aging


Who’s Responsible for Granny?

On July 30, 1965, when President Lyndon B. Johnson signed the bill that created Medicare, he outlined an ethical vision for the nation’s obligations to its older citizens. “No longer will older Americans be denied the healing miracle of modern medicine,” he said. “No longer will illness crush and destroy the savings that they have […]

Overtreatment of elderly diabetics

The last time I was directly responsible for treating diabetes was fifty years ago, when I was an intern in medicine at UCLA. In my subsequent career as a psychiatrist I was not directly responsible for diabetes care, and as an individual, I don’t have the condition. As a result, I haven’t kept up on […]

Reluctance to use Hearing Aids

The classic cartoon picture of someone with hearing loss is a bent, old man with a giant ear horn held to his ear: not a pretty picture.  Things have come a long way.  Modern hearing aides are highly sophisticated electronic devices, some so small that they can fit into the ear canal and be virtually […]

Arnold Relman: 1923 – 2014

Dr. Arnold (“Bud”) Relman died yesterday at 91. He was the most esteemed leader among those who have been dismayed by the commercialization, fragmentation, excessive cost, and relatively poor quality of the U.S. health “system.” In 1980, as editor of the New England Journal of Medicine, Bud sounded the alarm about a danger he fought […]

When is a Good, or Tolerable, Time to Die?

As someone who has spent many years writing about end-of-life care, there is one question that has long intrigued me, but it is rarely posed in that context. When is a good, or tolerable, time to die? I do not mean when one is in pain or suffering, which is the way that question usually […]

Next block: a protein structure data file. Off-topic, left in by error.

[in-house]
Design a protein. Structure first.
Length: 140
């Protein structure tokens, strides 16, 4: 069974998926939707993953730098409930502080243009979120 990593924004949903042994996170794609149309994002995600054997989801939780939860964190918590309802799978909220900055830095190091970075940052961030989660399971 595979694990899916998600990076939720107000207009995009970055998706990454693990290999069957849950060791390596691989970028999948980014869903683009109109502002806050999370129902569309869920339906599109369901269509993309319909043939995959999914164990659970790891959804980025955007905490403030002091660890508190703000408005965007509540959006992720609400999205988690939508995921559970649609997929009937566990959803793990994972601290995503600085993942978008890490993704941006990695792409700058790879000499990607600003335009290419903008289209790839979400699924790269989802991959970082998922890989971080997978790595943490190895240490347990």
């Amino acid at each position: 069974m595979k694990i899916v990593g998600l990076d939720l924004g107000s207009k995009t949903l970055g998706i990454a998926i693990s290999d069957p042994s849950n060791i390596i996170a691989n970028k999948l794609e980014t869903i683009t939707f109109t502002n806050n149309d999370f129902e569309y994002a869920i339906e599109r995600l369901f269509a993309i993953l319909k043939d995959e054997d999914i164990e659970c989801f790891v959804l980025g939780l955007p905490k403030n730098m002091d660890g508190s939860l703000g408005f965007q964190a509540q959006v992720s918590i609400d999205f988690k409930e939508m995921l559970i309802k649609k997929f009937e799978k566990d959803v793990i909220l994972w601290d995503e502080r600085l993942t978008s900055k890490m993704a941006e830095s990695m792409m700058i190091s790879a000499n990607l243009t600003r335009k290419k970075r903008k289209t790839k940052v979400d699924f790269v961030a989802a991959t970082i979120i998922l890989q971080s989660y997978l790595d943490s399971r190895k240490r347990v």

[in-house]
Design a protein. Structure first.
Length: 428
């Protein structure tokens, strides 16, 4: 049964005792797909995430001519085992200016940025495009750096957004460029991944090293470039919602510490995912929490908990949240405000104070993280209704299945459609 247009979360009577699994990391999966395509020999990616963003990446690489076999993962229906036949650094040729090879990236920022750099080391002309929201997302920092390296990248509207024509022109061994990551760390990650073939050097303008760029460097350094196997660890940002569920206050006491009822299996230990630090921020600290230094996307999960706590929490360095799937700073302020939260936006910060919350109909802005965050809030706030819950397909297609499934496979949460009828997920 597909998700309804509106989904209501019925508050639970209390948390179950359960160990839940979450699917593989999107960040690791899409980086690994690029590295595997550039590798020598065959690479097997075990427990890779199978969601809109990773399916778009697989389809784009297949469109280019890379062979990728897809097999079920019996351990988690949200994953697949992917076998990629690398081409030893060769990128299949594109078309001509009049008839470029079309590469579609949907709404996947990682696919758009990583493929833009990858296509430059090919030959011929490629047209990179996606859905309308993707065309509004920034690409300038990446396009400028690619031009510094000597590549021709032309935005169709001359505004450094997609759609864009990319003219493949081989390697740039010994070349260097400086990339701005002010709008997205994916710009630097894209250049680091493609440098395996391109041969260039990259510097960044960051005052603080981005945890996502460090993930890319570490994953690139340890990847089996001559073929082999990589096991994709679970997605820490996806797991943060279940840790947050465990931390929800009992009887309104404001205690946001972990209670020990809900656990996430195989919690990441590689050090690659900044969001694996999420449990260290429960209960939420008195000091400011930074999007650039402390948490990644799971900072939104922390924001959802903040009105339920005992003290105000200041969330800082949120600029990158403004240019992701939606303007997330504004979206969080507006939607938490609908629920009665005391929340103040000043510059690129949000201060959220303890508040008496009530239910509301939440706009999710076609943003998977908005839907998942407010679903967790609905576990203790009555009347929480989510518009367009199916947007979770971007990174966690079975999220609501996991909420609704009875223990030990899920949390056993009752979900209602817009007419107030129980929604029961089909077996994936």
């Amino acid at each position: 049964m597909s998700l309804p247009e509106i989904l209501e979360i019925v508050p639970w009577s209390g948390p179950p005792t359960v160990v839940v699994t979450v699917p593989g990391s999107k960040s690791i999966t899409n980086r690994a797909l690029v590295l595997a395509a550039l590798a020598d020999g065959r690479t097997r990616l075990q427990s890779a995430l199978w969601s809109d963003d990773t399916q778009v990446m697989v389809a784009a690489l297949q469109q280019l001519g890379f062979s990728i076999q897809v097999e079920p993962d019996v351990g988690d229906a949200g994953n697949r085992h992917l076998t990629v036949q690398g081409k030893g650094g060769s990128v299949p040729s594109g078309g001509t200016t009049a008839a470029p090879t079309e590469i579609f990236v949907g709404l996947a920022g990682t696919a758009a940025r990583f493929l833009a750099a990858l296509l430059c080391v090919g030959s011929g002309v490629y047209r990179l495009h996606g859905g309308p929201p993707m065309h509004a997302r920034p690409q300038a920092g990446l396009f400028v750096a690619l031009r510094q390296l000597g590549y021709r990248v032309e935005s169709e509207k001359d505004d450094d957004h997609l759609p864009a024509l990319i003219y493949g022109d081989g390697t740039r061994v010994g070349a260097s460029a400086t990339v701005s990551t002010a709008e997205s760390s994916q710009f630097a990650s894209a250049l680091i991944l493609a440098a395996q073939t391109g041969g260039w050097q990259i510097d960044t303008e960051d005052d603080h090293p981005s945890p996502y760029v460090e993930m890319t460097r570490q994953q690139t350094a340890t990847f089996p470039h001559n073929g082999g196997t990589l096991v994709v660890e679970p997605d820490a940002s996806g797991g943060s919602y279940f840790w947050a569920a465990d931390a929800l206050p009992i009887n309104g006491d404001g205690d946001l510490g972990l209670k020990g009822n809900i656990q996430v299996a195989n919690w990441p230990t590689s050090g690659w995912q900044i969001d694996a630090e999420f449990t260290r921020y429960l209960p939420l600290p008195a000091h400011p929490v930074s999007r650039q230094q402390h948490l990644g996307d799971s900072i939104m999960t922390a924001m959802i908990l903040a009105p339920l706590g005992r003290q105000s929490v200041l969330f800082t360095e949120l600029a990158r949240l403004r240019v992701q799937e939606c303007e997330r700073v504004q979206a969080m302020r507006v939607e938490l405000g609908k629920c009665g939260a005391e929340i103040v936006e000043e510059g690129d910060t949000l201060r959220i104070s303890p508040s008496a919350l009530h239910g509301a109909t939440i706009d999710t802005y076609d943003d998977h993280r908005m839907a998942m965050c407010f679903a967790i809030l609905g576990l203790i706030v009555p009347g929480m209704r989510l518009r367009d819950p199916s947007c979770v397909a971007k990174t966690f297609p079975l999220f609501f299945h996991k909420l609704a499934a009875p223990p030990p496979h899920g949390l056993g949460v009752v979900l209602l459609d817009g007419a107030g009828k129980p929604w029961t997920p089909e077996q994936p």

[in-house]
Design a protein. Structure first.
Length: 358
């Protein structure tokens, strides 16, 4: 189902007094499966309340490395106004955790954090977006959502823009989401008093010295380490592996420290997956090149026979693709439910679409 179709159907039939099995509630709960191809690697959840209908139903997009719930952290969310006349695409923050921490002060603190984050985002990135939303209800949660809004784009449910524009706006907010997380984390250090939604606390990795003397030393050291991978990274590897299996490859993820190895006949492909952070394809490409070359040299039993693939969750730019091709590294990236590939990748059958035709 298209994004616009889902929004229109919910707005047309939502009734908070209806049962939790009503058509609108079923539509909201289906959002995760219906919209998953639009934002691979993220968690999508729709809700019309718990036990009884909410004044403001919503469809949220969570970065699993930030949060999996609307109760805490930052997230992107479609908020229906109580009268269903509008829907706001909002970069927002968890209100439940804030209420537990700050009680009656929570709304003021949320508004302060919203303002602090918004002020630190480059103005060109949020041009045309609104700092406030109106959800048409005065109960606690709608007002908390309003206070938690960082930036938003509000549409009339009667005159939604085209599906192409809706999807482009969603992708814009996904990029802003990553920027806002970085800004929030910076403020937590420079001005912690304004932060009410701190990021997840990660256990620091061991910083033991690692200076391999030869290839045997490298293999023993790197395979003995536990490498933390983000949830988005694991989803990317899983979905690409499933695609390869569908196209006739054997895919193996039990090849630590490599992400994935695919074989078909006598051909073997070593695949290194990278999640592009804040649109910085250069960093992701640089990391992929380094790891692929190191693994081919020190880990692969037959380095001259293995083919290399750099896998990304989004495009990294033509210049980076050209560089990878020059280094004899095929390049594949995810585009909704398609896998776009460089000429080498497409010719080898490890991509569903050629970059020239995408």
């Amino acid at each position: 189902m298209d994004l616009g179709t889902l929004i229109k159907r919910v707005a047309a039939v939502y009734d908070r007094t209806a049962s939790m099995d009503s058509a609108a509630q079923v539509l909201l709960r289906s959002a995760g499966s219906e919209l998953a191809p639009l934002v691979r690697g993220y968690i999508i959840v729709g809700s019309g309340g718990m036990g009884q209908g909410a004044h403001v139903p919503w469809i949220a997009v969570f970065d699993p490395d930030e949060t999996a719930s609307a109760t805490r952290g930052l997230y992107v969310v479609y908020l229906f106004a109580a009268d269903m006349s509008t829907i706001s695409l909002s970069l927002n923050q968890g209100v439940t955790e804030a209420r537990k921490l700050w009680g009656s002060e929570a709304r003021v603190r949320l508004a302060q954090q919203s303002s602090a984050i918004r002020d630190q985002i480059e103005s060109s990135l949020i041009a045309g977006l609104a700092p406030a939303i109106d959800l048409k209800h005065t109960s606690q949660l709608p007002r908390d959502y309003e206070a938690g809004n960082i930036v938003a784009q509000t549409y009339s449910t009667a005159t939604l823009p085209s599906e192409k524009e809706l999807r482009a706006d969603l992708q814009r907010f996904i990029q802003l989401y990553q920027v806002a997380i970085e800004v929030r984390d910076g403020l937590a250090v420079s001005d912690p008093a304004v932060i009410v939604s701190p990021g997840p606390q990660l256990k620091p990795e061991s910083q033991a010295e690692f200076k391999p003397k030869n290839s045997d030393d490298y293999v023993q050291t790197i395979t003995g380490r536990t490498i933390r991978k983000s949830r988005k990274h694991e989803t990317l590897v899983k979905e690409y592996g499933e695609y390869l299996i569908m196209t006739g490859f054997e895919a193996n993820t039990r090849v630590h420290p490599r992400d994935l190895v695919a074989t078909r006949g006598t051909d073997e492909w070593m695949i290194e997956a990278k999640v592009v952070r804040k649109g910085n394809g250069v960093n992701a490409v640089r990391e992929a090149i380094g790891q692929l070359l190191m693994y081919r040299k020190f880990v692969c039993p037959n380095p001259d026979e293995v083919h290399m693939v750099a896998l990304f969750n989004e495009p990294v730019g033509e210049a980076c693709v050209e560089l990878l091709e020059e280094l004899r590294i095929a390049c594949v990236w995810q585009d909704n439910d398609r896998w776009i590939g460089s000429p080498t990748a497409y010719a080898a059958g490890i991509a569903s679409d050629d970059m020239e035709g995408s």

Why I won’t test myself for the Alzheimer’s gene

A recent survey of 1200 adults found that Alzheimer ’s disease (AD) is the most feared disease among older Americans, with 44% identifying it as their biggest worry. Cancer was second, with 33% fearing it most. Over 65ers will not be surprised by these findings. Given the high level of fear, it’s natural and inevitable […]

What it Takes to Age in Place

Time is measured in many ways. For Jane, the big turkey and overflowing trays of Thanksgiving fixings served up on her long dining room table each year were the indication of how much her family had grown. But this year, her daughter and daughter-in-law handled the side dishes and the turkey had to be delivered, […]

Heroes of the Past

When I graduated from Yale in 1952, I began getting the alumni magazine. Our class was the latest in a long list of class notes, the new kids on the block. Most impressive were those at the beginning of the chronological listing. I was amazed by that long list of predecessors, graduates in the 1890s […]

Age and Judgment

I was struck recently by the concluding sentences of an article written by Nathaniel Morris, a Harvard Medical School student. Note his final words. “. . . health care providers must discern when to apply the powerful instruments at their disposal and when to carefully hold back. It often just comes down to clinical judgment, […]

The Wisdom of Old Curmudgeons

The bad reputation of elderly curmudgeons is well known: angry guys raging at the declining world, their failed, decadent society, the younger self-centered generation, the crooks elected to public office, and the local trash pick-up dictatorship forcing the sorting out of bottles and newspapers. At the risk of being outed as one of those guys, […]